This collection is Julie Orringer’s first published book: like Joyce’s Dubliners, it is a knockout. Unlike Joyce’s stories, though, each one has a different setting. The pieces are bound not by place but by perspective, that of a young person who is faced with harsh, unacceptable realities and has to get through them somehow. How to Breathe Underwater contains repeated accounts of how the isolated, individual consciousness struggles to survive, or, in the author’s words, learns to breathe underwater.
On first reading, the stories can be hard to follow. I think this difficulty is part of their strategy. The author gives us only the bare minimum, and sometimes less than the minimum, of information that we need to grasp the basic features of a situation, because that is how people, especially children, often feel as they meet the circumstances that are hurtling toward them. They don’t know what’s happening and must exert enormous effort to make sense of a menacing situation. The stories, like life, come with no instruction book. You sink or swim on your own.
The first story, which takes place in New Orleans on Thanksgiving Day, is pervaded by a feeling, first, of incomprehension, then of fear, and ultimately of horror. Seen from the point of view of a young girl, it relates the events that occur at a Thanksgiving dinner her family has been invited to at the home of strangers. The child doesn’t know the host, or the other guests, a number of whom, like the child’s mother, are pale and wear woolen hats or wigs. You can tell from her descriptions that the house belongs to former hippies or New Age devotees. The dinner is vegetarian or vegan. After the meal, while the adults are occupied with spiritual practices (the woman of the house has recently died), the children are allowed to run wild in the back yard, which contains a large, complicated tree-house and a trampoline. Things get out of hand, go from bad to worse, and no one steps in.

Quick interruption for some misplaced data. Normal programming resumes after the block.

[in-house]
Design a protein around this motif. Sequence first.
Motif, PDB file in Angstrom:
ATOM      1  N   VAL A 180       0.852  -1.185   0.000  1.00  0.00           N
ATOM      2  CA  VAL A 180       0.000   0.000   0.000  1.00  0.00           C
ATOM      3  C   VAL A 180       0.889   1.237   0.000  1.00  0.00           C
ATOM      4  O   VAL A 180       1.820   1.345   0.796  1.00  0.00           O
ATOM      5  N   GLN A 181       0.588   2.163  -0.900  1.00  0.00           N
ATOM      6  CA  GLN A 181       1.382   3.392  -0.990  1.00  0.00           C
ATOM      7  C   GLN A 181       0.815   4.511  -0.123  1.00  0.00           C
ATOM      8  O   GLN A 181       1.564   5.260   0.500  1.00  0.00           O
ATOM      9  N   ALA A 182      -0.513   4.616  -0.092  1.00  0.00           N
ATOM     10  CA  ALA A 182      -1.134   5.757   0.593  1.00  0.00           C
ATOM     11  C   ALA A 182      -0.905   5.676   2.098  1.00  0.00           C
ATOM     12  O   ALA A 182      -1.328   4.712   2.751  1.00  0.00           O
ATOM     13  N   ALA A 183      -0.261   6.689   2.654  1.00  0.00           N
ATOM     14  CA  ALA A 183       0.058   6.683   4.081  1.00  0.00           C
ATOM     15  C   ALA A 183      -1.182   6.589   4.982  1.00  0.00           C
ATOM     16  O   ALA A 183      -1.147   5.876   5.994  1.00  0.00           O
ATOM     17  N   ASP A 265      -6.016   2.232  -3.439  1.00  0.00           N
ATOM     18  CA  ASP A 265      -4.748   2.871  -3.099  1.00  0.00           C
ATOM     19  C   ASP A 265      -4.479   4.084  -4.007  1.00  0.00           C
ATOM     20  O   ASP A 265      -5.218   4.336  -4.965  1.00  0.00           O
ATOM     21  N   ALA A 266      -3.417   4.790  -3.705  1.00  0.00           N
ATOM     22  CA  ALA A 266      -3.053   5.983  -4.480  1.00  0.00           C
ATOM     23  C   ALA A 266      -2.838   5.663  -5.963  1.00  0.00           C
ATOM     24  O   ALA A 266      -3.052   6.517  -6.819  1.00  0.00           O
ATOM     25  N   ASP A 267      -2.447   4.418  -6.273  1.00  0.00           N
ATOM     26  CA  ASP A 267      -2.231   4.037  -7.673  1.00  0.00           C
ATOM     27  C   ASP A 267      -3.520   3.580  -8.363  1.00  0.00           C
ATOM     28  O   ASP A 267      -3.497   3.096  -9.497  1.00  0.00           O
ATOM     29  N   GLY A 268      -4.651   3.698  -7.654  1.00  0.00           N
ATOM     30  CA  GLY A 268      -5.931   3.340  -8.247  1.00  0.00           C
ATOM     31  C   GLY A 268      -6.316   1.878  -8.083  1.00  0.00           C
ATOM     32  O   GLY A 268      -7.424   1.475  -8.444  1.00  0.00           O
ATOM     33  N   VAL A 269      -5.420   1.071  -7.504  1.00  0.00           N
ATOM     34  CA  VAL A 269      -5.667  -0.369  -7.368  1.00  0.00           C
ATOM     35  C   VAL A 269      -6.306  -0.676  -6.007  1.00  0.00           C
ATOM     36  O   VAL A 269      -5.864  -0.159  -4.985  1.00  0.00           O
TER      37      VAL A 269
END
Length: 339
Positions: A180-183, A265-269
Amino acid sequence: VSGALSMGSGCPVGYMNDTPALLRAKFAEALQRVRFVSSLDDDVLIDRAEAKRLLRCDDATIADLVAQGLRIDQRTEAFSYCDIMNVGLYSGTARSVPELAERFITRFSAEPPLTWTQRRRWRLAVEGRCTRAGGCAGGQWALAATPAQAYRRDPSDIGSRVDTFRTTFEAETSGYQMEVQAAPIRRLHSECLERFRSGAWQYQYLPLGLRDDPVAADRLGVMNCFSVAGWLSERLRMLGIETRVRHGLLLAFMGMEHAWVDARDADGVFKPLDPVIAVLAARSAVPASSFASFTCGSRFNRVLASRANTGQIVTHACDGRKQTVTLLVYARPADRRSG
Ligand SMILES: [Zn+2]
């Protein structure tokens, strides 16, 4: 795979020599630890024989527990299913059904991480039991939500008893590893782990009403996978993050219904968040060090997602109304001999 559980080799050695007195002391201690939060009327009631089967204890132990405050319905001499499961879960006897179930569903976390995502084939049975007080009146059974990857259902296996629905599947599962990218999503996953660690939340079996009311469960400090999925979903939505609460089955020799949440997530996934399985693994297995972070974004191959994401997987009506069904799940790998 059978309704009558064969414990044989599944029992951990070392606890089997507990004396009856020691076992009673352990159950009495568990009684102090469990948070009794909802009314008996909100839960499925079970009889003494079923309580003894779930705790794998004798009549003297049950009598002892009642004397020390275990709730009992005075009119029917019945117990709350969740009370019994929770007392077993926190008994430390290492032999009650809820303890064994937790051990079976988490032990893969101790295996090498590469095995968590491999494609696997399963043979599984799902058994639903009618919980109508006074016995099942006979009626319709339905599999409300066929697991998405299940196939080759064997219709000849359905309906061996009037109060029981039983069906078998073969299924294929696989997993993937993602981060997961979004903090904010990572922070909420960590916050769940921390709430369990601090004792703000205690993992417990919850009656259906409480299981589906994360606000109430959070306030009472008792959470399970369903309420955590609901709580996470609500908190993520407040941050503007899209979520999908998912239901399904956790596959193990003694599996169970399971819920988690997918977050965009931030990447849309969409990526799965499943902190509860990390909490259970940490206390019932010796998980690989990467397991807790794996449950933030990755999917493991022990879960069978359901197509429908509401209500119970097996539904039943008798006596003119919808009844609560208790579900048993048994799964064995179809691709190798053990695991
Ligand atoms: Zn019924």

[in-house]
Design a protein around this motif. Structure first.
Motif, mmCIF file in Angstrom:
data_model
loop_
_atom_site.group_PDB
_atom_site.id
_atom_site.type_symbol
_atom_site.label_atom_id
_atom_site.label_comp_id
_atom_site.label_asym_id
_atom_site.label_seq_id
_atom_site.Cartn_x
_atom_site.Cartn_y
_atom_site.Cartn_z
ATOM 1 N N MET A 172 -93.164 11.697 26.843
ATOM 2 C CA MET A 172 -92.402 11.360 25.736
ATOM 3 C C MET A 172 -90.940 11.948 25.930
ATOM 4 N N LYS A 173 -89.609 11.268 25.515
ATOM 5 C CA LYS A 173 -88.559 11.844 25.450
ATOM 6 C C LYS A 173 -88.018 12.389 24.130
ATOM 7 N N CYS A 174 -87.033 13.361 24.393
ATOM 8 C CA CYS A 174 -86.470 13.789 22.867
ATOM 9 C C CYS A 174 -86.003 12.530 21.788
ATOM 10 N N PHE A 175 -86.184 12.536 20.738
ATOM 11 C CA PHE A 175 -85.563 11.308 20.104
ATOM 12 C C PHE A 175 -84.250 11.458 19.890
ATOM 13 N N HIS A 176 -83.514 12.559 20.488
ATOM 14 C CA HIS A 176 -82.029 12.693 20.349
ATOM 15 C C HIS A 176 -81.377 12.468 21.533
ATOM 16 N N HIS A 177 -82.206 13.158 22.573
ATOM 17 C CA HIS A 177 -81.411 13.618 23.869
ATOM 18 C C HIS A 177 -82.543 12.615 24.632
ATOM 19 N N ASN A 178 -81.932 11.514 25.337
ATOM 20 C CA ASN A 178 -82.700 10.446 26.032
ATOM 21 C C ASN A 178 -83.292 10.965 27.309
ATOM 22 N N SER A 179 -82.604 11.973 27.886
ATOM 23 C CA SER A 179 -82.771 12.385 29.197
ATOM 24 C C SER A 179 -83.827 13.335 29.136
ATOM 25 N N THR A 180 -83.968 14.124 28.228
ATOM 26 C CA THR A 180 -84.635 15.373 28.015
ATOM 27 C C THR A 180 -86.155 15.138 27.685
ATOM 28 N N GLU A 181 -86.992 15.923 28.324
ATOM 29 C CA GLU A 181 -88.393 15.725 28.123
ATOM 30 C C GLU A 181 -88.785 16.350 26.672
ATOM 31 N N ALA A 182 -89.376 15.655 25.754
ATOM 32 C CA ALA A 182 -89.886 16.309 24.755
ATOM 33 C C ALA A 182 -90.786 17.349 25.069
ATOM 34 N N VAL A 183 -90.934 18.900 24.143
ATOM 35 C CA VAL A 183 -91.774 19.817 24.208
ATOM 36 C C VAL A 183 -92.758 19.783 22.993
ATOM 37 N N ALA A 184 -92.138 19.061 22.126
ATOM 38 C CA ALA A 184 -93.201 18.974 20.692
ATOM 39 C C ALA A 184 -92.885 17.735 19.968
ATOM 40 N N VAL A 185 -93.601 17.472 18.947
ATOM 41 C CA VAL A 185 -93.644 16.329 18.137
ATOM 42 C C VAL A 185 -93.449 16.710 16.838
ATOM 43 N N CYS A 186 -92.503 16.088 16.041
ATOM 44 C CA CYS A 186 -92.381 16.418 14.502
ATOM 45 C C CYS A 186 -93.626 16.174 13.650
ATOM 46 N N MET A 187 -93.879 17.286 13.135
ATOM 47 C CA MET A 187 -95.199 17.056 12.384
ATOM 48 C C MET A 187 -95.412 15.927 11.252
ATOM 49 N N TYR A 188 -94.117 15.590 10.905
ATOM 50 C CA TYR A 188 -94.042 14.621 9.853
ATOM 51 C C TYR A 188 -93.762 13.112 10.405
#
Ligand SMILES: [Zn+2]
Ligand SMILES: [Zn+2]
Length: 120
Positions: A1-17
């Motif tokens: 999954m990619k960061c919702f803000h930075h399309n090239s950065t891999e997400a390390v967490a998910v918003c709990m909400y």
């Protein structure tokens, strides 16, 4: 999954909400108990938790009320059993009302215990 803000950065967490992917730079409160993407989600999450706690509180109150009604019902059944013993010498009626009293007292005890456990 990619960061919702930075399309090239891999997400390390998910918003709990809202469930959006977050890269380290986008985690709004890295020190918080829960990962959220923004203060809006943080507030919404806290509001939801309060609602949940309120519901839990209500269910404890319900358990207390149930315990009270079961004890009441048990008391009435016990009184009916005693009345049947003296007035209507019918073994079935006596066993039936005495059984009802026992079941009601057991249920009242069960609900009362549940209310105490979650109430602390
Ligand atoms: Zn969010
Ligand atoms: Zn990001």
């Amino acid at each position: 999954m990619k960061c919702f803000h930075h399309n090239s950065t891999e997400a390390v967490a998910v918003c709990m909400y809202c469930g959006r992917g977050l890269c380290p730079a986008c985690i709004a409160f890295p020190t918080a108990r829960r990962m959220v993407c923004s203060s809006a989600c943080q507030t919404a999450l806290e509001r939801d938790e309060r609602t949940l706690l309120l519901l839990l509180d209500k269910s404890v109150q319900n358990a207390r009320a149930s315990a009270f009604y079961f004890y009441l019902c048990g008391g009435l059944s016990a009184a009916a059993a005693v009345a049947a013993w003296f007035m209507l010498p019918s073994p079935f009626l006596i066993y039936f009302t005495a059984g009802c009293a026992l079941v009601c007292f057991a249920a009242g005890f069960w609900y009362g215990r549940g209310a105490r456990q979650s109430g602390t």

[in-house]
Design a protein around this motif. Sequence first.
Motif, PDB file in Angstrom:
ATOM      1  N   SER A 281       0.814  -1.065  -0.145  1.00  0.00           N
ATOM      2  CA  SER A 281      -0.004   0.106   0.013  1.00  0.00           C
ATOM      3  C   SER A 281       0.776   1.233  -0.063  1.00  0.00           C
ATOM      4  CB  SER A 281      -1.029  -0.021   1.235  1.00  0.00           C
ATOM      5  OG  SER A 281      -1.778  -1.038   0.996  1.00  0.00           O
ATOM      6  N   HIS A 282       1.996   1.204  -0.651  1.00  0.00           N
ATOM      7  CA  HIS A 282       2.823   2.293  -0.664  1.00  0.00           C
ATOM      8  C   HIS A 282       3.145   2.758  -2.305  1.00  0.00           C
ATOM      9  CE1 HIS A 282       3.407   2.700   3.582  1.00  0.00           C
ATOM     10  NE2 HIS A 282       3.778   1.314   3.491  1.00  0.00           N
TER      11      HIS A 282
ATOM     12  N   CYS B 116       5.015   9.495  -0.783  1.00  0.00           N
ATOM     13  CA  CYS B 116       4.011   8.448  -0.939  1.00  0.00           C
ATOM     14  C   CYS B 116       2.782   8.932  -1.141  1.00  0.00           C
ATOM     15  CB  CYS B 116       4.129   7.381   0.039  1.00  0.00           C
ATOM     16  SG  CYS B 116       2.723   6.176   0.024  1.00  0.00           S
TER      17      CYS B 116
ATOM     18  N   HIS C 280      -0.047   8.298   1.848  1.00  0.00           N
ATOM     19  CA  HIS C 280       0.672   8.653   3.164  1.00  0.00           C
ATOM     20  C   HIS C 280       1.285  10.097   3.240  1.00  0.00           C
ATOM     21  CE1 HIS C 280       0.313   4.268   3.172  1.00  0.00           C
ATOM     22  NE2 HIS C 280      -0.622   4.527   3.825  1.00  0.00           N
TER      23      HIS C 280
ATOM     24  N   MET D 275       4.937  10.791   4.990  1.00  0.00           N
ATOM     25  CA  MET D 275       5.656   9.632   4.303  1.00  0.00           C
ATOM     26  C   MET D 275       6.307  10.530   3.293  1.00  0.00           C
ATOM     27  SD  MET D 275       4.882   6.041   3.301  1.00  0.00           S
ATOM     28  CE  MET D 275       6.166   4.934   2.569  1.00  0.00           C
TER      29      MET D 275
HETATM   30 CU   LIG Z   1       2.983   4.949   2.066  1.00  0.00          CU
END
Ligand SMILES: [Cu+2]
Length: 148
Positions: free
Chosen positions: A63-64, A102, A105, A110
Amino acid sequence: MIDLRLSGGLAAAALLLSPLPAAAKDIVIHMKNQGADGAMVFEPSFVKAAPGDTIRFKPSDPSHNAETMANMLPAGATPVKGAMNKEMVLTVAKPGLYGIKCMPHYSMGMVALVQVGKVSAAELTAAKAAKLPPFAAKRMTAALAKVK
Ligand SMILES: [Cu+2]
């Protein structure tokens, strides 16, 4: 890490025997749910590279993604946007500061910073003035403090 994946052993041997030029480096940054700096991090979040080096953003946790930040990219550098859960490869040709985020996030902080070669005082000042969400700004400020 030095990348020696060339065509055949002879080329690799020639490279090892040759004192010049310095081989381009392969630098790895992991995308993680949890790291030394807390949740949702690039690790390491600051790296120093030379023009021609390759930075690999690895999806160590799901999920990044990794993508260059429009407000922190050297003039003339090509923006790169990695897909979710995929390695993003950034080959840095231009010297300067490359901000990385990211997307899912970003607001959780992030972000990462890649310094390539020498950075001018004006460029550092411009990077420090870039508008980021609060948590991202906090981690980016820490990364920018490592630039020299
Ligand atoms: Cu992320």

Dire though things may seem, at times, in Orringer’s stories, as a rule they are not depressing, nor is their take on existence bitter or doom-ridden. In two of my favorites, The Isabel Fish and Notes to Sixth Grade Self, the protagonists, both young girls whom the author asks to brave many difficulties, do so with a clarity and purposefulness that give the reader courage. Why this is so, I’m not sure. Maybe it’s because in these stories we get to look hard things in the face in the company of someone—the author, through her characters—who is able to see such things and not run away, and the experience gives us strength. Perhaps it’s because we feel we can depend on the protagonists for the truth, since they are generally young, clear-eyed, and unbiased. With them we go through pain, learn something about life that is unexpected and hard to take, yet somehow, afterwards, we are better for it. The challenge is not so much disheartening as bracing.
Another reason the stories invigorate us is that the level of craftsmanship is so high. Orringer’s spare, elegant prose transmits a clean, concentrated energy. Not for nothing has she been the recipient of prizes and fellowships and rave reviews: Her skill is astonishing and her insight exceptional. The stories are not all equally outstanding, but they all reward reading and re-reading. Some of them I think—I hope— will not forget.~